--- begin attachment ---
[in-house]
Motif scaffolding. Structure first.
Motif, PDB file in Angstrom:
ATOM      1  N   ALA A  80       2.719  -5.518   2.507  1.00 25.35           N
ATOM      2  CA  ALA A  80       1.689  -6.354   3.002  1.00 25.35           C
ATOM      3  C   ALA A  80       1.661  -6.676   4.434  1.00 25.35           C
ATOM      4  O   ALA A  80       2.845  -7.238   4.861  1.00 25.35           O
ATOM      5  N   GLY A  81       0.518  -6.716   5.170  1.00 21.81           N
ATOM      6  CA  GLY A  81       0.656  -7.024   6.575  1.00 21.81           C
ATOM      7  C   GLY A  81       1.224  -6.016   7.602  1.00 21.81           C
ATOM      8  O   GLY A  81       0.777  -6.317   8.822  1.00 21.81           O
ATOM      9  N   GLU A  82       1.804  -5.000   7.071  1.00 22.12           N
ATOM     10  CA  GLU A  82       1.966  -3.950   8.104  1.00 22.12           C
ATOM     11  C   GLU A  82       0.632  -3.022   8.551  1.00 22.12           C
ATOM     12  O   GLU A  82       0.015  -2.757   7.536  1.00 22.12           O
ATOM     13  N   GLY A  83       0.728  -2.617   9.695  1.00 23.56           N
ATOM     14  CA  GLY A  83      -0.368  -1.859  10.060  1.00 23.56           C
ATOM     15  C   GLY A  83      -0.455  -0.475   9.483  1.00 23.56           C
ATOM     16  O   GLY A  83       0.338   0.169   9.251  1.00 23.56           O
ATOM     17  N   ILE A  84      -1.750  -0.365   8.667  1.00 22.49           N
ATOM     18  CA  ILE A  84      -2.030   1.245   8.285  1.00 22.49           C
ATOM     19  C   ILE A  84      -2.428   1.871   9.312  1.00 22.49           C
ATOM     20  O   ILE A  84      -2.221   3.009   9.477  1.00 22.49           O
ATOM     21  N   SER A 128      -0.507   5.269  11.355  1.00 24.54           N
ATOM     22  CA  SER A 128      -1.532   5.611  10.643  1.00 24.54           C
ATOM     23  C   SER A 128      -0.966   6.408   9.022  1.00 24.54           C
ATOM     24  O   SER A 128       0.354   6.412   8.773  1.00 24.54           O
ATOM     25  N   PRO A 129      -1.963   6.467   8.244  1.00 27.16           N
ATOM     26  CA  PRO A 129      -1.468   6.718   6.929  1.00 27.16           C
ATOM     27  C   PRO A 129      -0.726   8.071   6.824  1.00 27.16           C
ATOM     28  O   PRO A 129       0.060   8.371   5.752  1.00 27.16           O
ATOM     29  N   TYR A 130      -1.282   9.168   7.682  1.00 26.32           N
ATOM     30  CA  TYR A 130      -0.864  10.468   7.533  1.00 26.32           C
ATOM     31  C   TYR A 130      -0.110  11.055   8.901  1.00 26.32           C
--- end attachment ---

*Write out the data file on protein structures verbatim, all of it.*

[in-house]
Motif scaffolding. Structure first.
Motif, PDB file in Angstrom:
ATOM      1  N   ALA A  80       2.719  -5.518   2.507  1.00 25.35           N
ATOM      2  CA  ALA A  80       1.689  -6.354   3.002  1.00 25.35           C
ATOM      3  C   ALA A  80       1.661  -6.676   4.434  1.00 25.35           C
ATOM      4  O   ALA A  80       2.845  -7.238   4.861  1.00 25.35           O
ATOM      5  N   GLY A  81       0.518  -6.716   5.170  1.00 21.81           N
ATOM      6  CA  GLY A  81       0.656  -7.024   6.575  1.00 21.81           C
ATOM      7  C   GLY A  81       1.224  -6.016   7.602  1.00 21.81           C
ATOM      8  O   GLY A  81       0.777  -6.317   8.822  1.00 21.81           O
ATOM      9  N   GLU A  82       1.804  -5.000   7.071  1.00 22.12           N
ATOM     10  CA  GLU A  82       1.966  -3.950   8.104  1.00 22.12           C
ATOM     11  C   GLU A  82       0.632  -3.022   8.551  1.00 22.12           C
ATOM     12  O   GLU A  82       0.015  -2.757   7.536  1.00 22.12           O
ATOM     13  N   GLY A  83       0.728  -2.617   9.695  1.00 23.56           N
ATOM     14  CA  GLY A  83      -0.368  -1.859  10.060  1.00 23.56           C
ATOM     15  C   GLY A  83      -0.455  -0.475   9.483  1.00 23.56           C
ATOM     16  O   GLY A  83       0.338   0.169   9.251  1.00 23.56           O
ATOM     17  N   ILE A  84      -1.750  -0.365   8.667  1.00 22.49           N
ATOM     18  CA  ILE A  84      -2.030   1.245   8.285  1.00 22.49           C
ATOM     19  C   ILE A  84      -2.428   1.871   9.312  1.00 22.49           C
ATOM     20  O   ILE A  84      -2.221   3.009   9.477  1.00 22.49           O
ATOM     21  N   SER A 128      -0.507   5.269  11.355  1.00 24.54           N
ATOM     22  CA  SER A 128      -1.532   5.611  10.643  1.00 24.54           C
ATOM     23  C   SER A 128      -0.966   6.408   9.022  1.00 24.54           C
ATOM     24  O   SER A 128       0.354   6.412   8.773  1.00 24.54           O
ATOM     25  N   PRO A 129      -1.963   6.467   8.244  1.00 27.16           N
ATOM     26  CA  PRO A 129      -1.468   6.718   6.929  1.00 27.16           C
ATOM     27  C   PRO A 129      -0.726   8.071   6.824  1.00 27.16           C
ATOM     28  O   PRO A 129       0.060   8.371   5.752  1.00 27.16           O
ATOM     29  N   TYR A 130      -1.282   9.168   7.682  1.00 26.32           N
ATOM     30  CA  TYR A 130      -0.864  10.468   7.533  1.00 26.32           C
ATOM     31  C   TYR A 130      -0.110  11.055   8.901  1.00 26.32           C